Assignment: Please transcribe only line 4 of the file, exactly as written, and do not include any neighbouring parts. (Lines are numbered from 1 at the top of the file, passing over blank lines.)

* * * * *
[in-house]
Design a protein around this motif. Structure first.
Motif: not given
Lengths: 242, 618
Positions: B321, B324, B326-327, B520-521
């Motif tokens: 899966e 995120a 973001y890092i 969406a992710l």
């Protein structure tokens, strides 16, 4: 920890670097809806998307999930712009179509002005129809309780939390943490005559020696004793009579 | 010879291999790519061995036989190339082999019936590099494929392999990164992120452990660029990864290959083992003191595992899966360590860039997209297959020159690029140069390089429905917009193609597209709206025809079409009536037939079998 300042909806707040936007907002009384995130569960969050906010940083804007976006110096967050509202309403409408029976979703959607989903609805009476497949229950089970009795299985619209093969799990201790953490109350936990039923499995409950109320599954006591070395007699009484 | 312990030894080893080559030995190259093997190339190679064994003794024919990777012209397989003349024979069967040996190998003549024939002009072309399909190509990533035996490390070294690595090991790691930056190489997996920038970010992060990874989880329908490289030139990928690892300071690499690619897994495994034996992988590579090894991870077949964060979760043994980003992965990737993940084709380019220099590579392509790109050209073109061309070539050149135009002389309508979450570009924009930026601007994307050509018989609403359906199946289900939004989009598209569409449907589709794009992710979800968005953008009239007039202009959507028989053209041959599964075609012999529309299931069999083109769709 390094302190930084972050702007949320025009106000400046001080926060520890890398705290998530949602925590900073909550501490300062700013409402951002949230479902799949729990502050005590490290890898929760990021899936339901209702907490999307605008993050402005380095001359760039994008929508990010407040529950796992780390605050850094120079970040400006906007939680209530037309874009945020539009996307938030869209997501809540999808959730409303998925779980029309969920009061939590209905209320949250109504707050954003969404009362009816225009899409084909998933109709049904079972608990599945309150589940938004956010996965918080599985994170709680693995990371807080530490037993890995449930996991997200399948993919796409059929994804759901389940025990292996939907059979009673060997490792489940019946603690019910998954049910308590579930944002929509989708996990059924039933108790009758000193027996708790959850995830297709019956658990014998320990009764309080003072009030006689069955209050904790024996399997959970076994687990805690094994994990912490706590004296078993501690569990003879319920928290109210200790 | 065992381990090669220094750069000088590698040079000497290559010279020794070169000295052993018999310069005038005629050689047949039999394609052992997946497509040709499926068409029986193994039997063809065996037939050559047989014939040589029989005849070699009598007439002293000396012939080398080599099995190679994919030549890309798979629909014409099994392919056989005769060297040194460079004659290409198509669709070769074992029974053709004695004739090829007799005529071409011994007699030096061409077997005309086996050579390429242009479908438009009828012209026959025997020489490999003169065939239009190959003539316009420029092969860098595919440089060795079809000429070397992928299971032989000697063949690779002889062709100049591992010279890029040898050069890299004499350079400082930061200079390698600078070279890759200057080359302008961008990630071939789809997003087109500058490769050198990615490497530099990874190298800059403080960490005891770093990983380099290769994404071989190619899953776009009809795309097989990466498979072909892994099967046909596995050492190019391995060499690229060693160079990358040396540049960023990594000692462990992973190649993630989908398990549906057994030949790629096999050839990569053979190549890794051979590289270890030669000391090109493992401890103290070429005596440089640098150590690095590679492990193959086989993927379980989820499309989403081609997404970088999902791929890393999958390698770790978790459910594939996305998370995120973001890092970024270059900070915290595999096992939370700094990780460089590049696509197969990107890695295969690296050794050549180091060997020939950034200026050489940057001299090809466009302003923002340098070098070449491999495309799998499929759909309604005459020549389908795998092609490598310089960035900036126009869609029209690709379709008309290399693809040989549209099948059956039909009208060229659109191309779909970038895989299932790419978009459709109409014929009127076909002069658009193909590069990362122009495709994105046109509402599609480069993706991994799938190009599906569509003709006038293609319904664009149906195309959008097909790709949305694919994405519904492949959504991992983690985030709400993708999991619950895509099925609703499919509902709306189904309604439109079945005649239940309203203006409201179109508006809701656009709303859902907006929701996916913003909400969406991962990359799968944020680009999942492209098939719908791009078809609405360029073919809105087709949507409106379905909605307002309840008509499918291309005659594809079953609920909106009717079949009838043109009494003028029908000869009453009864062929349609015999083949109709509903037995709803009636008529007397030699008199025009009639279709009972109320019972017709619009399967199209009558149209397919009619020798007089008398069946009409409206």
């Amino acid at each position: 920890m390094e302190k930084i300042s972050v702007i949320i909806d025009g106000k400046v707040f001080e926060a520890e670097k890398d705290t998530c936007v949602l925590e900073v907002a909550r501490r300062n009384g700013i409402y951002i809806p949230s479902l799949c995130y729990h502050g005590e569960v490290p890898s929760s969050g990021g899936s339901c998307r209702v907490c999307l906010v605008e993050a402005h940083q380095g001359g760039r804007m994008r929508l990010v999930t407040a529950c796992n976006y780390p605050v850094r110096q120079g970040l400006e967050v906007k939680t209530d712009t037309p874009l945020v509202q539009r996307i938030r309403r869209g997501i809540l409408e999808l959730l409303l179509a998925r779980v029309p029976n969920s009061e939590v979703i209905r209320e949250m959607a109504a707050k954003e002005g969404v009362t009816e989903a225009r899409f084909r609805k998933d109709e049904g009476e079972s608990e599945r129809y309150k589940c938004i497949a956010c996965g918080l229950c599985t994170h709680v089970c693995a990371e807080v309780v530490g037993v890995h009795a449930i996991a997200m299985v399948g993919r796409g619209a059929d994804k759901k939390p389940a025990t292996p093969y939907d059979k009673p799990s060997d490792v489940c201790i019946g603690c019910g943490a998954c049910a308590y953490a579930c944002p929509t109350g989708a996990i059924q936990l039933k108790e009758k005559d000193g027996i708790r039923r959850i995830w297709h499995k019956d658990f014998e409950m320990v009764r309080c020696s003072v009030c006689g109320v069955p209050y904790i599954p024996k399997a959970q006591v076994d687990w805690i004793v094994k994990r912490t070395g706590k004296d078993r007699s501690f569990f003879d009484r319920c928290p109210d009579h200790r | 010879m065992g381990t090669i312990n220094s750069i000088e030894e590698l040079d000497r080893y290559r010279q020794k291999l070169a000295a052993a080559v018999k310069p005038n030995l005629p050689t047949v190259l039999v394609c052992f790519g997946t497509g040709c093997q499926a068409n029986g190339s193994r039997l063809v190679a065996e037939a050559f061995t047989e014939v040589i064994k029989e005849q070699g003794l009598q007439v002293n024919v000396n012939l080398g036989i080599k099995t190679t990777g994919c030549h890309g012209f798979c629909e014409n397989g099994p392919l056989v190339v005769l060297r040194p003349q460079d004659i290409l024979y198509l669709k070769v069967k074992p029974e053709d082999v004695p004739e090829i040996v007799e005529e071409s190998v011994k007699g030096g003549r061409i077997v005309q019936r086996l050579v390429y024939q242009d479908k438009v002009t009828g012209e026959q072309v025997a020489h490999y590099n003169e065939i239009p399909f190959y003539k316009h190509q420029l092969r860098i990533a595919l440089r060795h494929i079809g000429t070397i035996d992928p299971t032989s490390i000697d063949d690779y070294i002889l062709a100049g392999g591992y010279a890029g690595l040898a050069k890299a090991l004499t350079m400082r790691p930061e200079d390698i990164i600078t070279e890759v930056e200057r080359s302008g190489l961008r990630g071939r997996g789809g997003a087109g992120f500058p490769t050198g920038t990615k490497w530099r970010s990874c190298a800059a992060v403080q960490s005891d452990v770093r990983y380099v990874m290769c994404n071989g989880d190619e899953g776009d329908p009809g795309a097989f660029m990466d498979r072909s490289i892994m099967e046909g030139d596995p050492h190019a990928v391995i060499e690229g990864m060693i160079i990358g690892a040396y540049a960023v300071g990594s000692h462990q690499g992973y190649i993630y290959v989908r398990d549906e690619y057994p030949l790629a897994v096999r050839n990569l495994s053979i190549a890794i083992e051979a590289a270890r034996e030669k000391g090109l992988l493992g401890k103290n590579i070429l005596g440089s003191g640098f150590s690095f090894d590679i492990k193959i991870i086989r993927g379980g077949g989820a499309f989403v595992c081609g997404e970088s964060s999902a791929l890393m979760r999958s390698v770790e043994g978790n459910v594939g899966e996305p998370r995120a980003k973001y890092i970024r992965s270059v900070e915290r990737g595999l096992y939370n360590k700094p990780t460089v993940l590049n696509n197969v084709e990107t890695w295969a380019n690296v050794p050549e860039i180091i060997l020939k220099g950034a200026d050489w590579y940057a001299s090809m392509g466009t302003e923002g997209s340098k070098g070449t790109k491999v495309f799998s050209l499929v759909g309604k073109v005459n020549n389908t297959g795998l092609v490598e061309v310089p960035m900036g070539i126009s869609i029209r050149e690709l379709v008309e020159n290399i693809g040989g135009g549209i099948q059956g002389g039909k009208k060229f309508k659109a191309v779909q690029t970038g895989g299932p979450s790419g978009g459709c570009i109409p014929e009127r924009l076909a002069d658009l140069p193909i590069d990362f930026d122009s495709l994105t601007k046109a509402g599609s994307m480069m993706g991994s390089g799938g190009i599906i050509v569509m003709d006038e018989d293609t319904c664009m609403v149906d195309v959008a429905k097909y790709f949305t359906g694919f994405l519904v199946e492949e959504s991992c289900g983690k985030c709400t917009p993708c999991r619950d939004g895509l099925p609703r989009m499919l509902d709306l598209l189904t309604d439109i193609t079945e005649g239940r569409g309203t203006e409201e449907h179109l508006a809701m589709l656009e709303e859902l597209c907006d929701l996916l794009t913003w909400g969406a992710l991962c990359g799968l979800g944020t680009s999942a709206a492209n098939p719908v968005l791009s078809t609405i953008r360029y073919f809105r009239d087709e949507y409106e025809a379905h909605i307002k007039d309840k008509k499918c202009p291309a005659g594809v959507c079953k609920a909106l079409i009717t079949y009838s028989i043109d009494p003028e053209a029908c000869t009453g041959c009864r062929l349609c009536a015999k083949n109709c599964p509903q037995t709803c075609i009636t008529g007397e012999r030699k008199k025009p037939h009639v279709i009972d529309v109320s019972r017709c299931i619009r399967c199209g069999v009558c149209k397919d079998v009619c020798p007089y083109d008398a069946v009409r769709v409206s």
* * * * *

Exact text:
Lengths: 242, 618